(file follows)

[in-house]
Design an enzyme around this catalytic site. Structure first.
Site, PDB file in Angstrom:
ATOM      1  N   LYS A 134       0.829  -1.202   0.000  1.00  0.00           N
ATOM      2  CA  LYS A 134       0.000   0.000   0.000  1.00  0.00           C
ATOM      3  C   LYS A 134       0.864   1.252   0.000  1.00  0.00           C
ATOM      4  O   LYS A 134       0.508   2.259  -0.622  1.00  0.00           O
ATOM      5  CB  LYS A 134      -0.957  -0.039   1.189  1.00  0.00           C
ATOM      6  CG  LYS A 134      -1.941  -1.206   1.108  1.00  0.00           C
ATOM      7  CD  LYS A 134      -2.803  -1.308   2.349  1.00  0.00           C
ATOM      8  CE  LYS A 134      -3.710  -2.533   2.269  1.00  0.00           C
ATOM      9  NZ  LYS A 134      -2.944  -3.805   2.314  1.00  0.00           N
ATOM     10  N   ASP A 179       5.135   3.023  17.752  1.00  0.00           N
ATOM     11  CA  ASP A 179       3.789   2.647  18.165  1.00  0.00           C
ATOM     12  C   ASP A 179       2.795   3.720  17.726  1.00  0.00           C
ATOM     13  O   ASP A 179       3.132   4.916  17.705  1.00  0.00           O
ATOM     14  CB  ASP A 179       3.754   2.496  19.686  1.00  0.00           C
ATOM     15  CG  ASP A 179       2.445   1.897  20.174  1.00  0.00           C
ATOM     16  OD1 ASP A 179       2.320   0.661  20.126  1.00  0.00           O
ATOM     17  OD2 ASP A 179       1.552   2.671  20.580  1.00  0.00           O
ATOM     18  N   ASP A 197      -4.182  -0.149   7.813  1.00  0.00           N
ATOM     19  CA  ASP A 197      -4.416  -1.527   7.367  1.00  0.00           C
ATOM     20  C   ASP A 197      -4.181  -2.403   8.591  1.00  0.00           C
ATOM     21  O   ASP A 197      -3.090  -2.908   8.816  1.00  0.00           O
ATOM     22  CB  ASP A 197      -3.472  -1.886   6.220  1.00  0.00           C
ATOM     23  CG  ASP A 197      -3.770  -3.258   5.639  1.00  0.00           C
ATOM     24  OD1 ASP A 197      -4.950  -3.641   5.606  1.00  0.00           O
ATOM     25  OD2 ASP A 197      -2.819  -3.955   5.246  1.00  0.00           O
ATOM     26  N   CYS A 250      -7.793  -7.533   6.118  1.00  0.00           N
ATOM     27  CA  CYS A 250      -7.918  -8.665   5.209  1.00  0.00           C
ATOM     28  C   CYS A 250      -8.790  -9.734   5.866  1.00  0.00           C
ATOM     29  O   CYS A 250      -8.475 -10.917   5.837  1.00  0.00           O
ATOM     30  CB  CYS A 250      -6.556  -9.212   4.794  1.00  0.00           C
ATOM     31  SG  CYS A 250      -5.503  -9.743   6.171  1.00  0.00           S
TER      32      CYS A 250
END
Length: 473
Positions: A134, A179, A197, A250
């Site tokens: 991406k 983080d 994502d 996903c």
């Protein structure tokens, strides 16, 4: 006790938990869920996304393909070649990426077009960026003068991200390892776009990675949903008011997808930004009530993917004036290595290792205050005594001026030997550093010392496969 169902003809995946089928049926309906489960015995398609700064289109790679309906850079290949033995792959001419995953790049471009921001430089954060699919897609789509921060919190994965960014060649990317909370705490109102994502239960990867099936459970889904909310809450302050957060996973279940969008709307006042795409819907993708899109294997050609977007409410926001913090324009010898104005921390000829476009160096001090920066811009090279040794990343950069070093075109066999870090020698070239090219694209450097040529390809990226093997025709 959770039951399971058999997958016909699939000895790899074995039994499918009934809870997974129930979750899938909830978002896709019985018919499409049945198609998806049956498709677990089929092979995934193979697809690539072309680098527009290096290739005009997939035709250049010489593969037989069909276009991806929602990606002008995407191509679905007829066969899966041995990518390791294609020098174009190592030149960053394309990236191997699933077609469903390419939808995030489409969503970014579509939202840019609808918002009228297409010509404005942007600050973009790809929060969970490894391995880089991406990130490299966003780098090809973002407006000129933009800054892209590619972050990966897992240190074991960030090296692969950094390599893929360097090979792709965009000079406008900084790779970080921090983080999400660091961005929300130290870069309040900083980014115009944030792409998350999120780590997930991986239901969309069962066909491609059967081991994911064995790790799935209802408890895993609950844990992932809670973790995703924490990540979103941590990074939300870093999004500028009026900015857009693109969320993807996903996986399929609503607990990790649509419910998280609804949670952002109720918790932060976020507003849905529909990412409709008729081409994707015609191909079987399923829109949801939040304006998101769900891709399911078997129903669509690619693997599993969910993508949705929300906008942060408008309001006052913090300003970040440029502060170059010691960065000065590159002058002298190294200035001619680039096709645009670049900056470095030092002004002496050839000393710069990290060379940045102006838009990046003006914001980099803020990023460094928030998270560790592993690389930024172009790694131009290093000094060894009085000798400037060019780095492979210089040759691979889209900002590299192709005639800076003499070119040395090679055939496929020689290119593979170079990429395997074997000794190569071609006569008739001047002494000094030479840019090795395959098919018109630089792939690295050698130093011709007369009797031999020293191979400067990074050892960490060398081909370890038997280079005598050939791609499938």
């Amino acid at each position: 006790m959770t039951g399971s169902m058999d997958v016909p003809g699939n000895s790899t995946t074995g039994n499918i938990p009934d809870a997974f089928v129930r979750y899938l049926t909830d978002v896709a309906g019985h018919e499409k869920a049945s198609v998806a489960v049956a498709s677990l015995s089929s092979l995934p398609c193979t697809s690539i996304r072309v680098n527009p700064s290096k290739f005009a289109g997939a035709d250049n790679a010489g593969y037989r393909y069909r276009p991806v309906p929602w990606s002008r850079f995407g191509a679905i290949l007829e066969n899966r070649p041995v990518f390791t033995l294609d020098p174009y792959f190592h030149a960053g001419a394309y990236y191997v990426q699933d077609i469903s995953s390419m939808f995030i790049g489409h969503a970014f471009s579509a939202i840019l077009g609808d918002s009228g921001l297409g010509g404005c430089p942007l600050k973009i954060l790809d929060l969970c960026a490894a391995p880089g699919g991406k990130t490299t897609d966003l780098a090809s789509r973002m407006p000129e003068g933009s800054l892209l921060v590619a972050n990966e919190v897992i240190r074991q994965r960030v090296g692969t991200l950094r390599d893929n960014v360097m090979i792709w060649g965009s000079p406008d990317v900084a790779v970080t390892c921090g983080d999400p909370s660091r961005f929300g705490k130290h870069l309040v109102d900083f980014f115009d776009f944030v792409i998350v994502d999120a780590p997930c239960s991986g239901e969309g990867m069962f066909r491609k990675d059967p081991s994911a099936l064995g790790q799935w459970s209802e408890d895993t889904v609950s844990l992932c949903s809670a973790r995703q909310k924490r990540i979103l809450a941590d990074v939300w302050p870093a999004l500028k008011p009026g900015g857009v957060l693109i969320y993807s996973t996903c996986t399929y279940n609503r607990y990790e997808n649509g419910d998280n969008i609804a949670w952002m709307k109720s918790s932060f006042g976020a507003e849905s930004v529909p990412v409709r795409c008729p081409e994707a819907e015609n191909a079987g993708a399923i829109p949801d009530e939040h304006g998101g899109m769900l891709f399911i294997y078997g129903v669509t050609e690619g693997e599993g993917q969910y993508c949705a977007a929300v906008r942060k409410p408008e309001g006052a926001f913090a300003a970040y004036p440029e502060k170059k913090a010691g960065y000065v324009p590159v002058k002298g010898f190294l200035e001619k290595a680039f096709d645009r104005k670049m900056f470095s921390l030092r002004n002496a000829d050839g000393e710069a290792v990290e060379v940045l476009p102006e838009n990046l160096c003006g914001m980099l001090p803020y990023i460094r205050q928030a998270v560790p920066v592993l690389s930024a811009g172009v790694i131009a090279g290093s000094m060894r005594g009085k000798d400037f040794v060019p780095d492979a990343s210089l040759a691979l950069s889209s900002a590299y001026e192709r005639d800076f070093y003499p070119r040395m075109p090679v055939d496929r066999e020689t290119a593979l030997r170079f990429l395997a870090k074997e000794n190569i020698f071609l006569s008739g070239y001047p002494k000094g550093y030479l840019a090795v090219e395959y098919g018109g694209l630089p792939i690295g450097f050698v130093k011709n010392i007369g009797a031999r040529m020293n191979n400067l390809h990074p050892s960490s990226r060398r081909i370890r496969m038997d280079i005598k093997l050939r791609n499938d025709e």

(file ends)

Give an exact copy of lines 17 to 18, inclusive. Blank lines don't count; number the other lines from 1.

ATOM     14  CB  ASP A 179       3.754   2.496  19.686  1.00  0.00           C
ATOM     15  CG  ASP A 179       2.445   1.897  20.174  1.00  0.00           C